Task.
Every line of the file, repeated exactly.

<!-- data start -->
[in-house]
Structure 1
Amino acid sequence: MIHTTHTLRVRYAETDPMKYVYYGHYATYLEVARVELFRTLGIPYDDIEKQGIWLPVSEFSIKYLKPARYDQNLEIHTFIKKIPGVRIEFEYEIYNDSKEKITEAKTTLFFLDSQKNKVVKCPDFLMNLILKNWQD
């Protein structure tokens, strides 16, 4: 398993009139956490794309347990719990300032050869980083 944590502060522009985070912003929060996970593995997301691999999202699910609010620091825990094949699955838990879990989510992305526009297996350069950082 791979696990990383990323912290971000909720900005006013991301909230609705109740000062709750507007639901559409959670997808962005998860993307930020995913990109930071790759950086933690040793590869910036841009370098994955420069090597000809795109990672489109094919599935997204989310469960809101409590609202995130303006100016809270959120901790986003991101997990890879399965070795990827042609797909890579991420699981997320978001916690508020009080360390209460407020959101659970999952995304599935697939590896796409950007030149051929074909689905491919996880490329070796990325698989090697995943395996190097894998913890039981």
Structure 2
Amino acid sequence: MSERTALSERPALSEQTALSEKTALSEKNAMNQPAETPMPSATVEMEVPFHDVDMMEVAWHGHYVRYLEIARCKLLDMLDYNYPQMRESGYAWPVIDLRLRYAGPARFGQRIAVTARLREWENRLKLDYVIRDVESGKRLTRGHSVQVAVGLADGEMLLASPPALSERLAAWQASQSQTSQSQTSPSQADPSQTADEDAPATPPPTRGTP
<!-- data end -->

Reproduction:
[in-house]
Structure 1
Amino acid sequence: MIHTTHTLRVRYAETDPMKYVYYGHYATYLEVARVELFRTLGIPYDDIEKQGIWLPVSEFSIKYLKPARYDQNLEIHTFIKKIPGVRIEFEYEIYNDSKEKITEAKTTLFFLDSQKNKVVKCPDFLMNLILKNWQD
């Protein structure tokens, strides 16, 4: 398993009139956490794309347990719990300032050869980083 944590502060522009985070912003929060996970593995997301691999999202699910609010620091825990094949699955838990879990989510992305526009297996350069950082 791979696990990383990323912290971000909720900005006013991301909230609705109740000062709750507007639901559409959670997808962005998860993307930020995913990109930071790759950086933690040793590869910036841009370098994955420069090597000809795109990672489109094919599935997204989310469960809101409590609202995130303006100016809270959120901790986003991101997990890879399965070795990827042609797909890579991420699981997320978001916690508020009080360390209460407020959101659970999952995304599935697939590896796409950007030149051929074909689905491919996880490329070796990325698989090697995943395996190097894998913890039981």
Structure 2
Amino acid sequence: MSERTALSERPALSEQTALSEKTALSEKNAMNQPAETPMPSATVEMEVPFHDVDMMEVAWHGHYVRYLEIARCKLLDMLDYNYPQMRESGYAWPVIDLRLRYAGPARFGQRIAVTARLREWENRLKLDYVIRDVESGKRLTRGHSVQVAVGLADGEMLLASPPALSERLAAWQASQSQTSQSQTSPSQADPSQTADEDAPATPPPTRGTP